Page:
Iron while the strike's hot
New polling by Ipsos found that public support for the ongoing medical staff strikes over pay remains fairly high, given that their strike action is now more than six months old.
Their write-up says that "junior doctors retain support by half of the public (53%), while 3 in 10 oppose (31%).
"By contrast, the share of Britons who oppose strike action for strike action by consultants (44%) is higher than that which support (38%), with levels in line with those seen railway workers, who are due to strike this upcoming weekend (36% support, 43% oppose)."
Nurses' strikes (which are no longer happening) were very popular: 63% of those whom Ipsos surveyed reported their support, with 24% opposing. Ambulance workers also enjoyed strong support in this poll: (60% support; 26% oppose).
Envy dies hard, even for people who might save your life.
People blame the Government
The political opinions revealed are telling: Ipsos found that "the majority of the public continue to feel that the UK government led by Rishi Sunak is doing a bad job negotiating with trade unions to prevent public sector workers going on strike (57%), a 6ppt increase compared to June 2023.
"By contrast, only 17% think he’s doing a good job."
The Government is getting the bulk of the blame for the strikes, in other words.
Will nobody tell them that they've done a fucking good job? This electorate is just so horribly ungrateful. They don't deserve Secretary Of State For Looking Baffled Steve 'The Banker' Barclay: really they don't.
"Confidence in any improvement under a Labour government led by Keir Starmer, however, remains middling, with 3 in 10 (31%) expecting he would do a better job, and an equal share (34%) thinking there would be no change. 1 in 5 (21%) think Starmer would do a worse job."
The Government's 'imaginary girlfriend' strategy
The Government's strategy over the industrial action smacks of a teenager's imaginary girlfriend: you wouldn't know them - they go to another school.
Their strategy (if we can even dignify it with the name) has been to try to just wait it out without negotiation, and seek to blame the ever-rising RTT backlog (100,000 a month) on these strikes - rather than it being a long-run trend since before the pandemic in January 2020, when there were 4.4 million on the RTT list.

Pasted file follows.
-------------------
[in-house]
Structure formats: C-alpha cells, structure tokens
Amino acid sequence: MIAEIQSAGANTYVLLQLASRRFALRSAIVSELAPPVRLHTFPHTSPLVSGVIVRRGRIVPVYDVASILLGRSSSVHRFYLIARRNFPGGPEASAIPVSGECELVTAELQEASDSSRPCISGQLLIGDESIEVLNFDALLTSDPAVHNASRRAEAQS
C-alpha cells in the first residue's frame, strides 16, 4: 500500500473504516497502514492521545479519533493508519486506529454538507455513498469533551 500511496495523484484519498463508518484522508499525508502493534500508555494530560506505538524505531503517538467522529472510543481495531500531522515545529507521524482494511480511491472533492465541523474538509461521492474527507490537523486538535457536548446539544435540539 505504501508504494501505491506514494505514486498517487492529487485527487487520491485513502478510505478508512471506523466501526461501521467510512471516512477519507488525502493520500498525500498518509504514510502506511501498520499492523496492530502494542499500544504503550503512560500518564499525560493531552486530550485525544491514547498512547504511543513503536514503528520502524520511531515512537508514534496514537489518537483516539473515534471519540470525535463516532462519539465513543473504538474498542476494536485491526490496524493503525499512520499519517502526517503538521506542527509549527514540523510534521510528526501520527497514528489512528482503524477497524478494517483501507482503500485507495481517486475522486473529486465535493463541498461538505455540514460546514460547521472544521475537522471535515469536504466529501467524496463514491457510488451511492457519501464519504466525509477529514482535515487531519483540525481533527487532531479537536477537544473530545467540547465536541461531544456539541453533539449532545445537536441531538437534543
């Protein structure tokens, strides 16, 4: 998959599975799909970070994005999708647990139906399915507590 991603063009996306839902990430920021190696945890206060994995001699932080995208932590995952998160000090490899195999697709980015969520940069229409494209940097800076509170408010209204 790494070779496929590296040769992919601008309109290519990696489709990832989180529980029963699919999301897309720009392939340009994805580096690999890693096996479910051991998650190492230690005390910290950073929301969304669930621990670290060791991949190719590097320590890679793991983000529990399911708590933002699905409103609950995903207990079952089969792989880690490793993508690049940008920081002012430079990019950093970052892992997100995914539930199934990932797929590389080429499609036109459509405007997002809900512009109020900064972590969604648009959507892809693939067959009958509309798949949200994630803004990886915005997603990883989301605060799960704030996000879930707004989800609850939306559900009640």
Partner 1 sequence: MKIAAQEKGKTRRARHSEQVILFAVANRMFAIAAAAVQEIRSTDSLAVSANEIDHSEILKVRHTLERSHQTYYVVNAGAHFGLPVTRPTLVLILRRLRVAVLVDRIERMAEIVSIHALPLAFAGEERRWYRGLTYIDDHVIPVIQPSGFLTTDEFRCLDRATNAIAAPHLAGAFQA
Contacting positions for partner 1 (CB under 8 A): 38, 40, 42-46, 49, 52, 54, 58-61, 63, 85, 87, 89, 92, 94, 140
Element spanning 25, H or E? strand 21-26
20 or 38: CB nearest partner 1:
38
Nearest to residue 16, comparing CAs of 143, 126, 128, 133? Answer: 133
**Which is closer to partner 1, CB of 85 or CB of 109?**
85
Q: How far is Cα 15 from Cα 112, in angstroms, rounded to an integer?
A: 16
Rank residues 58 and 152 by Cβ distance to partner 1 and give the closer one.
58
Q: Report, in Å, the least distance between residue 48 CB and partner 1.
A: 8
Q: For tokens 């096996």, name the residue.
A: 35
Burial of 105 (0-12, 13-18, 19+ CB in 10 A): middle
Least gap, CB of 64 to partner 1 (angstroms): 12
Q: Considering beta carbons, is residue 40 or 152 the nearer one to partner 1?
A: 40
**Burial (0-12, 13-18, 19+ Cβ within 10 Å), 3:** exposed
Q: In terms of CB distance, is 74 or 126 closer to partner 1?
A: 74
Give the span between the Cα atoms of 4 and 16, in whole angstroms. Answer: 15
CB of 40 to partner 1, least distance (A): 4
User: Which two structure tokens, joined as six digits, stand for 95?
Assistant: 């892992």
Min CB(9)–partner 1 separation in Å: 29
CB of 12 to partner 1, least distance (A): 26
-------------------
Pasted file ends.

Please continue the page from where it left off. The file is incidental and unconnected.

So, what's been the the demonstrable impact of the industrial action?
Sarah Scobie of the Nuffield Trust investigated this in a punchy blog, which found that "the number of appointments and planned operations cancelled was higher during doctors’ strikes which occurred in March and April, and from June onwards, relative to strikes by nurses or ambulance workers over the winter".
From the data, Scobie concludes that "it’s clear that there would have been more operations and appointments had the strikes not taken place.
"But it is unlikely that the lost activity would have been enough to enable waiting lists to come down, and it is certainly not the case that the strikes alone are to blame for continued long waits – given that the number of planned operations hadn’t yet recovered even to pre-pandemic levels before the strikes began".
Going to RAAC and ruin at the PAC hearing on the New (If Fictional) Hospitals Programme
The tension between those giving evidence from the Department For Health But Social Care and its wholly-owned subsidiary NHS England, and their Reginald Perrin-style internal monologues, was almost audible.
At points, it was audible. Witnesses were saying things that were true out loud, in the real world. It looks as if a big outbreak of the highly infections Pirola variant of Candour19 may be upon us. (It'll never catch on, clearly. This'll just be a passing phase: like CB radio. Or the internet.)
NHS England director of finance and deputy CEO Julian Kelly told the MPs that the NHS had “examples all the time where hospitals are having to shut units, decant patients into other spaces, where we are losing theatres… which limits our capacity to treat patients ... we have hospital teams which are managing these sort of issues day in and day out.
"And so we have examples of managing fire risk, flooding… a lot of this is because we know we’ve seen a big increase in backlog maintenance and we know there was a pause in investment in new hospital infrastructure”, as Health Service Journal reported.